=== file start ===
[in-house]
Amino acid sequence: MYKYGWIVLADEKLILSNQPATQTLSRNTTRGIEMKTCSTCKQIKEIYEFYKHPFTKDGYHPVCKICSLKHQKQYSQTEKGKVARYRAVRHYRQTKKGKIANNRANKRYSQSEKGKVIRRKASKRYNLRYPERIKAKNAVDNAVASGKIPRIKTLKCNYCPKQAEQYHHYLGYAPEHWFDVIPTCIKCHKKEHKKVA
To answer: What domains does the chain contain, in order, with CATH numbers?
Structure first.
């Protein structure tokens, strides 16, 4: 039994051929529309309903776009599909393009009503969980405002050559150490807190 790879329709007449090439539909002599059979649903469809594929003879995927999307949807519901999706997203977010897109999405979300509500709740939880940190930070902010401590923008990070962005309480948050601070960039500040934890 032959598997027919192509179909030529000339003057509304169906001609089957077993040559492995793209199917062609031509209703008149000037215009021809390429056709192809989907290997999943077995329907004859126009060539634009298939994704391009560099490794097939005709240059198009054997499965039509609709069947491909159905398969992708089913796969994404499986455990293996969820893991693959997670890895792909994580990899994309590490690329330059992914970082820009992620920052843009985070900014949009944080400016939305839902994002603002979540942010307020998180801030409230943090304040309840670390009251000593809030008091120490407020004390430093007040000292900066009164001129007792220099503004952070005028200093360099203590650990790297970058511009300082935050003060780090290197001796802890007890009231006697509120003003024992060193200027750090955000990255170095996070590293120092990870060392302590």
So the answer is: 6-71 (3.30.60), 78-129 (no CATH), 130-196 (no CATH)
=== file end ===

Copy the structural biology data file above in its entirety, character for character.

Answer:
[in-house]
Amino acid sequence: MYKYGWIVLADEKLILSNQPATQTLSRNTTRGIEMKTCSTCKQIKEIYEFYKHPFTKDGYHPVCKICSLKHQKQYSQTEKGKVARYRAVRHYRQTKKGKIANNRANKRYSQSEKGKVIRRKASKRYNLRYPERIKAKNAVDNAVASGKIPRIKTLKCNYCPKQAEQYHHYLGYAPEHWFDVIPTCIKCHKKEHKKVA
To answer: What domains does the chain contain, in order, with CATH numbers?
Structure first.
């Protein structure tokens, strides 16, 4: 039994051929529309309903776009599909393009009503969980405002050559150490807190 790879329709007449090439539909002599059979649903469809594929003879995927999307949807519901999706997203977010897109999405979300509500709740939880940190930070902010401590923008990070962005309480948050601070960039500040934890 032959598997027919192509179909030529000339003057509304169906001609089957077993040559492995793209199917062609031509209703008149000037215009021809390429056709192809989907290997999943077995329907004859126009060539634009298939994704391009560099490794097939005709240059198009054997499965039509609709069947491909159905398969992708089913796969994404499986455990293996969820893991693959997670890895792909994580990899994309590490690329330059992914970082820009992620920052843009985070900014949009944080400016939305839902994002603002979540942010307020998180801030409230943090304040309840670390009251000593809030008091120490407020004390430093007040000292900066009164001129007792220099503004952070005028200093360099203590650990790297970058511009300082935050003060780090290197001796802890007890009231006697509120003003024992060193200027750090955000990255170095996070590293120092990870060392302590």
So the answer is: 6-71 (3.30.60), 78-129 (no CATH), 130-196 (no CATH)